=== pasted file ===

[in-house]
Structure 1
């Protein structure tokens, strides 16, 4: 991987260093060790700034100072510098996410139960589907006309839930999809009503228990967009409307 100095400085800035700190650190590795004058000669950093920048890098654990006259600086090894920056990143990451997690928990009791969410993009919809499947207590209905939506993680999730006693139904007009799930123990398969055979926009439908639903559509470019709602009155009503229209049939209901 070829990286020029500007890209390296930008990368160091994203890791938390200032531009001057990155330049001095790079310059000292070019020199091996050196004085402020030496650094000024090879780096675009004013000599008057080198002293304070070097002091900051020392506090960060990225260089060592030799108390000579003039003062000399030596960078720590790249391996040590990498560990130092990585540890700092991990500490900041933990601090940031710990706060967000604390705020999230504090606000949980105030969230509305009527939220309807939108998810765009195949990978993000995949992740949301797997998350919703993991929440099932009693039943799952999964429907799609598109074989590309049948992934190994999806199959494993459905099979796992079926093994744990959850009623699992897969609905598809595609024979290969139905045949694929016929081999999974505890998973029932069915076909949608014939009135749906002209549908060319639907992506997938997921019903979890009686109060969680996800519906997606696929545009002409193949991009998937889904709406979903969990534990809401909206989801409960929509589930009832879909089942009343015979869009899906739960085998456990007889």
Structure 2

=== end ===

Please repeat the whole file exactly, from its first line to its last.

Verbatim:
[in-house]
Structure 1
């Protein structure tokens, strides 16, 4: 991987260093060790700034100072510098996410139960589907006309839930999809009503228990967009409307 100095400085800035700190650190590795004058000669950093920048890098654990006259600086090894920056990143990451997690928990009791969410993009919809499947207590209905939506993680999730006693139904007009799930123990398969055979926009439908639903559509470019709602009155009503229209049939209901 070829990286020029500007890209390296930008990368160091994203890791938390200032531009001057990155330049001095790079310059000292070019020199091996050196004085402020030496650094000024090879780096675009004013000599008057080198002293304070070097002091900051020392506090960060990225260089060592030799108390000579003039003062000399030596960078720590790249391996040590990498560990130092990585540890700092991990500490900041933990601090940031710990706060967000604390705020999230504090606000949980105030969230509305009527939220309807939108998810765009195949990978993000995949992740949301797997998350919703993991929440099932009693039943799952999964429907799609598109074989590309049948992934190994999806199959494993459905099979796992079926093994744990959850009623699992897969609905598809595609024979290969139905045949694929016929081999999974505890998973029932069915076909949608014939009135749906002209549908060319639907992506997938997921019903979890009686109060969680996800519906997606696929545009002409193949991009998937889904709406979903969990534990809401909206989801409960929509589930009832879909089942009343015979869009899906739960085998456990007889």
Structure 2